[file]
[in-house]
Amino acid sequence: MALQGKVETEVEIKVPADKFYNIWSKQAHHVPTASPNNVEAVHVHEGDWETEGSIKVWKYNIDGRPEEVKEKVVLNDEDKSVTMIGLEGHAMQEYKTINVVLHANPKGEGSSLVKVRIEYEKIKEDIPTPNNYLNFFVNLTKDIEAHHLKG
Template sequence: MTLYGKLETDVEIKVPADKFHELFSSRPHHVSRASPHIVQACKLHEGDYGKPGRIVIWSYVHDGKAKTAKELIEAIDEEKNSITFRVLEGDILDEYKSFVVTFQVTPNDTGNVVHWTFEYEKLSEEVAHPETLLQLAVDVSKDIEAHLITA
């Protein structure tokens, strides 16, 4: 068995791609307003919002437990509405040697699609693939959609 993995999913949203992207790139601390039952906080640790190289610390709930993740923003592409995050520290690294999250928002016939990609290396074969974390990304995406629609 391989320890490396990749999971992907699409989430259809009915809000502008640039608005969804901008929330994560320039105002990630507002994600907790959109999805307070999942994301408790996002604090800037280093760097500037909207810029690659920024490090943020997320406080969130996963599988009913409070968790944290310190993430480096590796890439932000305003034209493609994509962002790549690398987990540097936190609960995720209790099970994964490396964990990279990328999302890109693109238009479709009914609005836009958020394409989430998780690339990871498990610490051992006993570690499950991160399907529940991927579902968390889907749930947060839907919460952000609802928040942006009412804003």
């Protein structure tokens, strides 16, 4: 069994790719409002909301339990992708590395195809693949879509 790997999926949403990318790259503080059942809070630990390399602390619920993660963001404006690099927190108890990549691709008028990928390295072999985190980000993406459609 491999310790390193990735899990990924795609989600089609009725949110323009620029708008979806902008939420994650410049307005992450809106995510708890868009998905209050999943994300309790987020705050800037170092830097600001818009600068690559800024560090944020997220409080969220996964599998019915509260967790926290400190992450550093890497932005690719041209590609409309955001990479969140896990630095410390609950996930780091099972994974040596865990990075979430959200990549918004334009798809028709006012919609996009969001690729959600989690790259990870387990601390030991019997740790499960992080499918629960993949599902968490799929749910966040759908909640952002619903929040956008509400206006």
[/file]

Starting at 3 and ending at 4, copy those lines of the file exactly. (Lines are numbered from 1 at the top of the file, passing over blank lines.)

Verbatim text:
Template sequence: MTLYGKLETDVEIKVPADKFHELFSSRPHHVSRASPHIVQACKLHEGDYGKPGRIVIWSYVHDGKAKTAKELIEAIDEEKNSITFRVLEGDILDEYKSFVVTFQVTPNDTGNVVHWTFEYEKLSEEVAHPETLLQLAVDVSKDIEAHLITA
């Protein structure tokens, strides 16, 4: 068995791609307003919002437990509405040697699609693939959609 993995999913949203992207790139601390039952906080640790190289610390709930993740923003592409995050520290690294999250928002016939990609290396074969974390990304995406629609 391989320890490396990749999971992907699409989430259809009915809000502008640039608005969804901008929330994560320039105002990630507002994600907790959109999805307070999942994301408790996002604090800037280093760097500037909207810029690659920024490090943020997320406080969130996963599988009913409070968790944290310190993430480096590796890439932000305003034209493609994509962002790549690398987990540097936190609960995720209790099970994964490396964990990279990328999302890109693109238009479709009914609005836009958020394409989430998780690339990871498990610490051992006993570690499950991160399907529940991927579902968390889907749930947060839907919460952000609802928040942006009412804003």